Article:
For the third consecutive year, I have put together a brief movie clip of the choirs.  The music playing in the background (Lo, How a Rose E'er Blooming) was recorded by Union Harmony (2012) and the photos were all taken this fall.

Merry Christmas and enjoy the clip!

http://youtu.be/Tv1XR_fMCMY

 

Tuesday, November 12, 2013

UC Singers and Union Harmony Visit Barbourville High School




About a week and a half ago (October 30th) the UC Singers and Union Harmony went to Barbourville High School for a Choral Exchange; we sang a few pieces for their choir and they sang a few for us.

I asked the admissions office if we could take some promotional material with us and they were more than happy to supply informational sheets, little banners, etc. Thanks Summer!

Between the songs, I spoke about Union and all it has to offer prospective students . . . with special emphasis on Art, Music, and Theatre.
There were also several Union students who spoke about their major and their participation in not only the choir, but other organizations on campus. These students were articulate and engaging as they talked about their life at Union! I was also pleased with my choirs as they embraced the “mingle” time after all groups had sung.
Please find below a few pictures from our Choral Exchange at Barbourville High School.

(Thanks to Alex Estes for the use of her camera and Steve Chafin for taking some of the pics).











 

Tuesday, October 15, 2013

String Orchestra Resonates in Conway Boatman Chapel


Last night the Kremlin Chamber Orchestra performed in Conway Boatman Chapel as part of the FAA of Southeastern Kentucky’s 2013-2014 concert season. What a privilege it was to host this outstanding string orchestra. These musicians were technically sound and their musicality was brilliant!

They opened with Elgar’s Serenade for Strings in e minor. With its broad sweeping gestures set in a tonal framework, it was an exquisite work to begin the program. I found myself moved by this serenade as the sound filled the room and swept over the audience.

The Shostakovich symphony was an excellent programming choice, though it may have been a bit more challenging for some listeners since it left one apprehensive with its sharp attacks and dissonant leanings. Shostakovich dedicated the work “In Memory of Victims of Fascism and War.”  Although I was taken with the piece, there were a few concert goers I spoke with who found it to be harmonically challenging. The conductor may have (in part) taken this into account when he decided to immediately follow the symphony (with no break or applause) with Contrapunctus No. 1 from The Art of the Fugue by J. S. Bach. In the program notes, Misha Rachlevsky (the conductor) explained his reasoning: “Years ago, when I began performing this work, it struck me how unsettling it felt to hear the applause after this composition. . . . The moment I thought of Bach’s First Contrapunctus, it just felt right. Starting in the similar emotional atmosphere as the opening of the Chamber Symphony . . . it then takes a drastically different road, becoming a majestic hymn to the human spirit.” Playing the Bach fugue after the Shostakovich serves two purposes I believe; it relieves the unsettled feeling of applause and it also releases musical tension for those who are challenged by the harmonics of the work.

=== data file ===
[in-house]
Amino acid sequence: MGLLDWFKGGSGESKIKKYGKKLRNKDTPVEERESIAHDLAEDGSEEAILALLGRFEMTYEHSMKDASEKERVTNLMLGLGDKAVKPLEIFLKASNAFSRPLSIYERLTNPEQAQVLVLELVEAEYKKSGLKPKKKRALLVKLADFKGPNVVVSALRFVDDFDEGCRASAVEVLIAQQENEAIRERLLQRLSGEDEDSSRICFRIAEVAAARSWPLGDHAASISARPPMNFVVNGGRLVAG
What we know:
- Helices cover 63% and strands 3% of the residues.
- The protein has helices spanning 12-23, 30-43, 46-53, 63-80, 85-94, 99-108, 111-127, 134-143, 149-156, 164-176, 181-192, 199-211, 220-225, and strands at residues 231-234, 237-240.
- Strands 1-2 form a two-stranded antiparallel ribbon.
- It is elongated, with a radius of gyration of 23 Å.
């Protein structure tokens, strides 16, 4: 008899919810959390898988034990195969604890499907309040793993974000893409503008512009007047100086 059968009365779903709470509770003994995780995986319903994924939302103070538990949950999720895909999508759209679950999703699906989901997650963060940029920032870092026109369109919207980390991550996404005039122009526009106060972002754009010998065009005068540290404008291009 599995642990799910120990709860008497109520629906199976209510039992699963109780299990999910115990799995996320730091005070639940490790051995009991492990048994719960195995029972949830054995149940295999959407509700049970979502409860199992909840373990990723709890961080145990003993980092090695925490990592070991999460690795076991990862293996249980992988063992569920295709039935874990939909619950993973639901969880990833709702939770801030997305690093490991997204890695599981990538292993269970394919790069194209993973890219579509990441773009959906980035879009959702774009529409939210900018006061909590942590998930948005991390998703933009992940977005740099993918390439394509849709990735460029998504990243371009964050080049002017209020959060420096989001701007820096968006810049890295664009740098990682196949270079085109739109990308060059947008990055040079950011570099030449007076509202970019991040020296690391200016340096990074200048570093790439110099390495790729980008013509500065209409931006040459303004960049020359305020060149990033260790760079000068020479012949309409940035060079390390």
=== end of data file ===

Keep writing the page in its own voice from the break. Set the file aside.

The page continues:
[Side note: The “subject” (or theme) of Bach’s Contrapunctus No. I is played and examined in my Introduction to Music class. It is my hope some students recognized the theme.]
After intermission, the consort played Dvorak’s Serenade for Strings. Once again, in terms of programming, this was an excellent choice to end the concert; it truly was a serenade and offered release and balance to the evening.

The musicians welcomed our efforts to make them comfortable and Misha expressed his appreciation for the chapel and its lovely acoustics.

A big thank you to Alexandra Estes and Cody Sizemore for assisting me last night.  There was much to do in hosting this group and I could not have done it without their able assistance. I also want to express my appreciation to safety, the physical plant crew, Don Merriam, and Bobby Doolin. It is vital concert goers (from all around Southeastern Kentucky) leave our campus with an appreciation for the ambiance of our beautiful chapel and the helpfulness/professionalism of the Union College Community.

Virginia Gay
(PS "Blog Too" and the footer are currently not taking updates)

Postlude: There were a few comments from faculty, audience members, and the orchestra’s manager concerning the noise produced by the HVAC. I explained we do have a switch in place to shut the system down just prior to a concert beginning, but the system was being “allowed” to kick back on for some reason. What I didn’t say was this has been an ongoing issue for a couple of years, which needs to be remedied.